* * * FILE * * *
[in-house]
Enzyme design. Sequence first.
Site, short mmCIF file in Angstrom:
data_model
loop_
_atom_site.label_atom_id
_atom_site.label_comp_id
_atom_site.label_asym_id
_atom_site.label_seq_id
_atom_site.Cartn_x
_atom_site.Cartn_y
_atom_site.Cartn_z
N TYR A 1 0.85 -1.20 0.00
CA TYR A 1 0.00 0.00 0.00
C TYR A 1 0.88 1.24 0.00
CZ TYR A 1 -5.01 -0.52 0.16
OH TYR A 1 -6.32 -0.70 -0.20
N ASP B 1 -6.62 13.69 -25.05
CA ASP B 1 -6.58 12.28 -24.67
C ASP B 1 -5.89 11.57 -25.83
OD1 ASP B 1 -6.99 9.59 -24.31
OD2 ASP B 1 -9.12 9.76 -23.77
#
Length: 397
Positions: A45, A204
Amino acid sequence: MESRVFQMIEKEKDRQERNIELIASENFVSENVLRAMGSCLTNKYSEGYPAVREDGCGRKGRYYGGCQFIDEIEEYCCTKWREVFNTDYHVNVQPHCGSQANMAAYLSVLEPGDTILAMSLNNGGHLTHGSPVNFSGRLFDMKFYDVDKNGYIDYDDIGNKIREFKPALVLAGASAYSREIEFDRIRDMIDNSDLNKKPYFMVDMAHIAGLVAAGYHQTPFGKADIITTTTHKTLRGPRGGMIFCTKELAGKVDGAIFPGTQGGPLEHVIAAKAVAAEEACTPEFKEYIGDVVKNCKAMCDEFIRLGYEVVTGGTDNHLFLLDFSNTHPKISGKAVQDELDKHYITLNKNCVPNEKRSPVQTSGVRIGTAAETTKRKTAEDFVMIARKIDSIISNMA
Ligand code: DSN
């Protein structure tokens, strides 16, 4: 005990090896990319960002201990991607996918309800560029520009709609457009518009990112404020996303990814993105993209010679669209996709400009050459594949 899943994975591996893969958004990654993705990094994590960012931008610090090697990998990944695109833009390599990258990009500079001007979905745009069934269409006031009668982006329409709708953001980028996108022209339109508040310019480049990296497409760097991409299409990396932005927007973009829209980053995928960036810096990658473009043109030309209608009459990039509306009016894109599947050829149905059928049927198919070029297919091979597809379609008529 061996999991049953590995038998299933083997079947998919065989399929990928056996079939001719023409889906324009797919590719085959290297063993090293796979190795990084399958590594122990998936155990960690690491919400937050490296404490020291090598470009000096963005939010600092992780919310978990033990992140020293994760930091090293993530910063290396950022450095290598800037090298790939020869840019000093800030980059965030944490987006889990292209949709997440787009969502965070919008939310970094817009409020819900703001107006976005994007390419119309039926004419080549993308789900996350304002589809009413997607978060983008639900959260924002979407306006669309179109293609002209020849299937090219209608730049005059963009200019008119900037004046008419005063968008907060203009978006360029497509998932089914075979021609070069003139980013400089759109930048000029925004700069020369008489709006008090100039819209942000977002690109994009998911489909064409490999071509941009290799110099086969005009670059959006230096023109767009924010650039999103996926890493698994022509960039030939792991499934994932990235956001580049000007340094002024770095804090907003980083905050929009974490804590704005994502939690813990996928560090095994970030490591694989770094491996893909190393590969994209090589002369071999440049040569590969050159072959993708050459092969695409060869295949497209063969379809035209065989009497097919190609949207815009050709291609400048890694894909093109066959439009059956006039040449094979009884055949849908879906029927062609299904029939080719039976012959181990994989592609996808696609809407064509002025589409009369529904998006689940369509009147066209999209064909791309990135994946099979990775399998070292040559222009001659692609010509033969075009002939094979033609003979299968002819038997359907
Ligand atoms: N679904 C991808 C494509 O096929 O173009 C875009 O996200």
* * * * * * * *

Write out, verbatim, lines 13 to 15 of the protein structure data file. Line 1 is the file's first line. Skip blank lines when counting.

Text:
N TYR A 1 0.85 -1.20 0.00
CA TYR A 1 0.00 0.00 0.00
C TYR A 1 0.88 1.24 0.00